Rebuilding of relationships between traditional peoples and the invaders did not happen. The wounds of war were not healed. Trauma and grief were never addressed. The only relief supplied to Wiradjuri people were various missions such as Wellington Mission. However these Missions were more bent on turning black people into white people by further destroying the culture: stopping religious practices, changing belief systems, changing lore to reflect Christian values. Morale, confidence and hope were not rebuilt. Most importantly children were damaged, their education was neglected, they were left behind and they became the parents of the next generation of indigenous people. This has lead to at least 150 years of intergenerational trauma and grief with the only way out for indigenous people was to assimilate into western ways which many did.

Looking at the above events through the ecological perspective, it now seems a great crime against humanity occurred with the dispossession of the Wiradjuri peoples. Modern literature now acknowledges an alternative response to the ecological crisis that could be characterised as the spiritual response. (Nasr, 1990 in p33 Readings SWK414 CSU).

The blight wrought upon th4e environment is in reality an externalisation of the inner state of the soul of that humanity whose actions are responsible for the ecological crisis.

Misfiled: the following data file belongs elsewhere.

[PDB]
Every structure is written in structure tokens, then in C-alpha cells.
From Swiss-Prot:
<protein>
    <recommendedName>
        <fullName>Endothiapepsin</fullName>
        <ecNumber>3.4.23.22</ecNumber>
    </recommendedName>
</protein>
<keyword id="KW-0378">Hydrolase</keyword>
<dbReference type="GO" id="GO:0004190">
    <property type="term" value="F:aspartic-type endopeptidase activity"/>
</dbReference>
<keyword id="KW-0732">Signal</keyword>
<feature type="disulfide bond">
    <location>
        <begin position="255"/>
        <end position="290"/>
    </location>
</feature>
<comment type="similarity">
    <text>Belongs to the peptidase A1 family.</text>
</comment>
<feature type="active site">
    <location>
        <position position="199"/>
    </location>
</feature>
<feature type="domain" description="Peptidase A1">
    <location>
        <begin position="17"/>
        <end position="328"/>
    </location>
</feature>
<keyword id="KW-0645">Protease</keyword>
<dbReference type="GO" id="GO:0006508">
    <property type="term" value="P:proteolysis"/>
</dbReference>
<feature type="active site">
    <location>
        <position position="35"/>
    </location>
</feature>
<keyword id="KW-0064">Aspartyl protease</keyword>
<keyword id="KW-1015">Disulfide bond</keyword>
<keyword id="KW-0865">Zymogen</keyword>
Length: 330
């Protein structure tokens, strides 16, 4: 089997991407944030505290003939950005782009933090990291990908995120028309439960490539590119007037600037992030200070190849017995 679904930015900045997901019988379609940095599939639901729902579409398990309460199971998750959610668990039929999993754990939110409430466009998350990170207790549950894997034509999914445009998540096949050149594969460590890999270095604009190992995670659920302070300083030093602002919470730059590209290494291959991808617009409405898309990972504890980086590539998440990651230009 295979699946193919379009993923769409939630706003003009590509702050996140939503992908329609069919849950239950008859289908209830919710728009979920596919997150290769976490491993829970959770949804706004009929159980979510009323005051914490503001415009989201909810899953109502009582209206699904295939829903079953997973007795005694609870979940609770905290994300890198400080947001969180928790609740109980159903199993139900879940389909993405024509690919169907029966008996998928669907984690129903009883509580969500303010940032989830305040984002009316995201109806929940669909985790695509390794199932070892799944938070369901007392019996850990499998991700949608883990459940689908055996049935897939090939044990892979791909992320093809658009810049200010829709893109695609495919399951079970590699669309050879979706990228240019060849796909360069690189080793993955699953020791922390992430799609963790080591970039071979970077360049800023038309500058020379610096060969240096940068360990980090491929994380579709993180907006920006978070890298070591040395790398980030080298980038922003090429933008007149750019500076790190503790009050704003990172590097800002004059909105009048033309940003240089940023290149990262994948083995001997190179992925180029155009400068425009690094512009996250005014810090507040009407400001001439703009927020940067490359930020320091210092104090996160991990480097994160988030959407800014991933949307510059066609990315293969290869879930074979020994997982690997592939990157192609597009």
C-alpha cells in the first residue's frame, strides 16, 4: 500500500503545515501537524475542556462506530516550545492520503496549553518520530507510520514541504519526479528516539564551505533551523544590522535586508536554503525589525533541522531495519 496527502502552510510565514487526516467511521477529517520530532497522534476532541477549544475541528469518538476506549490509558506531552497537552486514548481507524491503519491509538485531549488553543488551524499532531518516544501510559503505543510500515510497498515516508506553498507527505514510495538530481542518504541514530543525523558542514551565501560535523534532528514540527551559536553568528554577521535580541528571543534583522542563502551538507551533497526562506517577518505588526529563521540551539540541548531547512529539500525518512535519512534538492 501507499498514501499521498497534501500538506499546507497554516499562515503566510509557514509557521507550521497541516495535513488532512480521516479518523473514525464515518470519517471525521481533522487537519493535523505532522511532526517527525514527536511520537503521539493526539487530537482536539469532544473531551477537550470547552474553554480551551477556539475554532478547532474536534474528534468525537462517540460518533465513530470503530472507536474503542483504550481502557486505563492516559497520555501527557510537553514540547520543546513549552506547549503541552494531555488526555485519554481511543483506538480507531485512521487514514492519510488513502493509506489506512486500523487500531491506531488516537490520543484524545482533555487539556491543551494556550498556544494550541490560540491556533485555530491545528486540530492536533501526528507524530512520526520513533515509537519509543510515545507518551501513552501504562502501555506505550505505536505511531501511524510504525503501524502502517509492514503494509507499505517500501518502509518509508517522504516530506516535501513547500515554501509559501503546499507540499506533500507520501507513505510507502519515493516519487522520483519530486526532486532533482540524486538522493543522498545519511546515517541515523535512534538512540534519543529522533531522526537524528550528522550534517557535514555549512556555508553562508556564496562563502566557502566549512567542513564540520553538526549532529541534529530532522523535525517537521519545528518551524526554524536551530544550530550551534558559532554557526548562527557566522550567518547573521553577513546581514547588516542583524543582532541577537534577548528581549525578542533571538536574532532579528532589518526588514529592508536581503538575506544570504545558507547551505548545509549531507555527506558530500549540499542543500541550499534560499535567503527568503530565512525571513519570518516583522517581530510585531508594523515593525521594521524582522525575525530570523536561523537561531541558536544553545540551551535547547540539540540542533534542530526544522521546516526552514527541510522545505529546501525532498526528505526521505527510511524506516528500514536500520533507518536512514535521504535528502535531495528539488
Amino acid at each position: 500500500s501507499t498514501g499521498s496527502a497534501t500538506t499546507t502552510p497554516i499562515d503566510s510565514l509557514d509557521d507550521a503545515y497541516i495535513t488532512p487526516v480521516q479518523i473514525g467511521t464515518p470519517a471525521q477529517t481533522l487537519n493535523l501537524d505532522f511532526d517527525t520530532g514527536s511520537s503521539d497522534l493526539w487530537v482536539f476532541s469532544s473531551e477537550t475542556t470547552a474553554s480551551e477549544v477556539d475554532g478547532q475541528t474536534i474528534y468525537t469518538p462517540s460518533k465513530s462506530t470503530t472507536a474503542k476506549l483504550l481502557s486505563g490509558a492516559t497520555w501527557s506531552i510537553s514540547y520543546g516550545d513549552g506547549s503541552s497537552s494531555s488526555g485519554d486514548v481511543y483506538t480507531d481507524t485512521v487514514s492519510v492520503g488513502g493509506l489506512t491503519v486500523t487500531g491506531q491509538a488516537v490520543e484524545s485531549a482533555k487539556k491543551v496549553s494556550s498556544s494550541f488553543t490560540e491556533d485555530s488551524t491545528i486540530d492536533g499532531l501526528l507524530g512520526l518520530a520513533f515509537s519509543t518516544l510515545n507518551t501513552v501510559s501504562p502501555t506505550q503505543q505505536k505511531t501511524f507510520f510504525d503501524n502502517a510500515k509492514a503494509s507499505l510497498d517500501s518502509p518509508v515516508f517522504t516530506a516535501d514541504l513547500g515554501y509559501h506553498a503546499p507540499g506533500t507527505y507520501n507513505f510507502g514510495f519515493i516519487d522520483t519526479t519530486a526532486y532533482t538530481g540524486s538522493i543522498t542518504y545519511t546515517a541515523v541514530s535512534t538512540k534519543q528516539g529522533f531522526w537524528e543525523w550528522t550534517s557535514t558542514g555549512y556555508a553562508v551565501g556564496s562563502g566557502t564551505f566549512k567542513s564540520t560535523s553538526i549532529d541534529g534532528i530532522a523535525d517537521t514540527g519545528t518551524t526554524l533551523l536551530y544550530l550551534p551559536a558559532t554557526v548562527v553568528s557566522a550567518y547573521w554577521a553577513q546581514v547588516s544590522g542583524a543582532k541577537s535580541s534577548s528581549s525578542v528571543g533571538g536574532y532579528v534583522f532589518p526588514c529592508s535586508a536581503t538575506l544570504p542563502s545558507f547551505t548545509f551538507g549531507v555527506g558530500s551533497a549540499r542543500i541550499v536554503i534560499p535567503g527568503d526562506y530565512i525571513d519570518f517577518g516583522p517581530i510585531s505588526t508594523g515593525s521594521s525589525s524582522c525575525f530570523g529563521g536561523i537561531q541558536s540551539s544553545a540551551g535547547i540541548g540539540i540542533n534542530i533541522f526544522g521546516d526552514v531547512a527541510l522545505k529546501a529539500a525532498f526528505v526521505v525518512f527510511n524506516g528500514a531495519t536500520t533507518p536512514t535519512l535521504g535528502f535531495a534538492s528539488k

The crisis stems from the attitude of dominations and plunder that is part of the Western world view. That is Man was given domination over Nature by God. With Wiradjuri culture Nature, the land and all life are seen as the Mother. The view of existence is one of relationship and not of merely a one directional linear model where no responsibility is taken, where the rule of nature is simply the survival of the strongest. Since colonisation occurred after the wars in New South Wales, Wiradjuri country has been changed, some for the good but a lot for the bad, with increasing salinity in the soil, massive problems with water in the Murray Darling Basin, destruction of biodiversity and various farming and domestic living practices that contribute to global warming – coal fire stations, meat production, burning, damming of rivers. (Murray Darling Basin Report 2010).

Social development post conflict: Social development did occur for Wiradjuri people post the conflict of the 1800 and 1900’s. No treaty or reconciliation occurred until some efforts were made regarding citizenship (granted in 1967) and native title after the Mabo decisions (Mabo v Commonwealth 1992). Their was no process of planned social change following the Wiradjuri Wars. The system that was implemented took the form of isolation, creating an Aboriginal Protection Board under various guises and attempting to isolate and assimilate at the same time, Wiradjuri and other tribes from each other and the white community.

Distribution of goods and access to services, that is, the raising of levels of living was dependent on abandonment of a person’s culture, family and friends and adopting the dominant culture or remaining in semi imprisonment on reserves governed by a white manager. So economic and social choices were very limited. Wiradjuri were considered aliens in their own lands. This was against, as I stated, international law (natural justice and the Enlightenment philosophy) and British Imperial law of the time, as well as against the inherited Roman traditions that Catholic and Protestant faiths were built on.